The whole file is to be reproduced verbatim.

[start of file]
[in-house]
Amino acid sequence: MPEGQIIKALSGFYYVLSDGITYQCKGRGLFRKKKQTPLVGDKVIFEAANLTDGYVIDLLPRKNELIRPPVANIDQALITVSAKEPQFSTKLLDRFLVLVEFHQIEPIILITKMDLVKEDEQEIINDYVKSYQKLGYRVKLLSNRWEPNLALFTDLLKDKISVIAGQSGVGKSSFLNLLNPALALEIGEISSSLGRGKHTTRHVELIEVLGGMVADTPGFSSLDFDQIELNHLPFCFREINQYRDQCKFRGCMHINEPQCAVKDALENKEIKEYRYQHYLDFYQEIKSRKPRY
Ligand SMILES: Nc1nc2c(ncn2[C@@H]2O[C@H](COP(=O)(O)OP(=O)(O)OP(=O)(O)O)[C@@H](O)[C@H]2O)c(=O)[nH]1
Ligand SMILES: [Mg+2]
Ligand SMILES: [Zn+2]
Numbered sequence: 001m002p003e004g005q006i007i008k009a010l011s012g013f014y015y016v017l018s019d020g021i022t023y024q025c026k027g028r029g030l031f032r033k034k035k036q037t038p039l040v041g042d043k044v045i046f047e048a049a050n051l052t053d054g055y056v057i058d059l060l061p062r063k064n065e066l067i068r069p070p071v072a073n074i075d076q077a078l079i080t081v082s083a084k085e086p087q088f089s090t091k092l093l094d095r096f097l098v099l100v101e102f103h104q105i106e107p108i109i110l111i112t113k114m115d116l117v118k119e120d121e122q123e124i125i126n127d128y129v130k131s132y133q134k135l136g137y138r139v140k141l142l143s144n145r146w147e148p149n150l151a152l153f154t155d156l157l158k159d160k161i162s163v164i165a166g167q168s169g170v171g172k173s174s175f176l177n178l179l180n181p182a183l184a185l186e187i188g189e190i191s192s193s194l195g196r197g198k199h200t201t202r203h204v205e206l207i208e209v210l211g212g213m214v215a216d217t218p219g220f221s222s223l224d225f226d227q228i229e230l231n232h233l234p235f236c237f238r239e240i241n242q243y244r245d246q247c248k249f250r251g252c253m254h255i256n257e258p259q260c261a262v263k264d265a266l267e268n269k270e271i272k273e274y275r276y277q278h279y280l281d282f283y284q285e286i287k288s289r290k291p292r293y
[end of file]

[in-house]
Amino acid sequence: MPEGQIIKALSGFYYVLSDGITYQCKGRGLFRKKKQTPLVGDKVIFEAANLTDGYVIDLLPRKNELIRPPVANIDQALITVSAKEPQFSTKLLDRFLVLVEFHQIEPIILITKMDLVKEDEQEIINDYVKSYQKLGYRVKLLSNRWEPNLALFTDLLKDKISVIAGQSGVGKSSFLNLLNPALALEIGEISSSLGRGKHTTRHVELIEVLGGMVADTPGFSSLDFDQIELNHLPFCFREINQYRDQCKFRGCMHINEPQCAVKDALENKEIKEYRYQHYLDFYQEIKSRKPRY
Ligand SMILES: Nc1nc2c(ncn2[C@@H]2O[C@H](COP(=O)(O)OP(=O)(O)OP(=O)(O)O)[C@@H](O)[C@H]2O)c(=O)[nH]1
Ligand SMILES: [Mg+2]
Ligand SMILES: [Zn+2]
Numbered sequence: 001m002p003e004g005q006i007i008k009a010l011s012g013f014y015y016v017l018s019d020g021i022t023y024q025c026k027g028r029g030l031f032r033k034k035k036q037t038p039l040v041g042d043k044v045i046f047e048a049a050n051l052t053d054g055y056v057i058d059l060l061p062r063k064n065e066l067i068r069p070p071v072a073n074i075d076q077a078l079i080t081v082s083a084k085e086p087q088f089s090t091k092l093l094d095r096f097l098v099l100v101e102f103h104q105i106e107p108i109i110l111i112t113k114m115d116l117v118k119e120d121e122q123e124i125i126n127d128y129v130k131s132y133q134k135l136g137y138r139v140k141l142l143s144n145r146w147e148p149n150l151a152l153f154t155d156l157l158k159d160k161i162s163v164i165a166g167q168s169g170v171g172k173s174s175f176l177n178l179l180n181p182a183l184a185l186e187i188g189e190i191s192s193s194l195g196r197g198k199h200t201t202r203h204v205e206l207i208e209v210l211g212g213m214v215a216d217t218p219g220f221s222s223l224d225f226d227q228i229e230l231n232h233l234p235f236c237f238r239e240i241n242q243y244r245d246q247c248k249f250r251g252c253m254h255i256n257e258p259q260c261a262v263k264d265a266l267e268n269k270e271i272k273e274y275r276y277q278h279y280l281d282f283y284q285e286i287k288s289r290k291p292r293y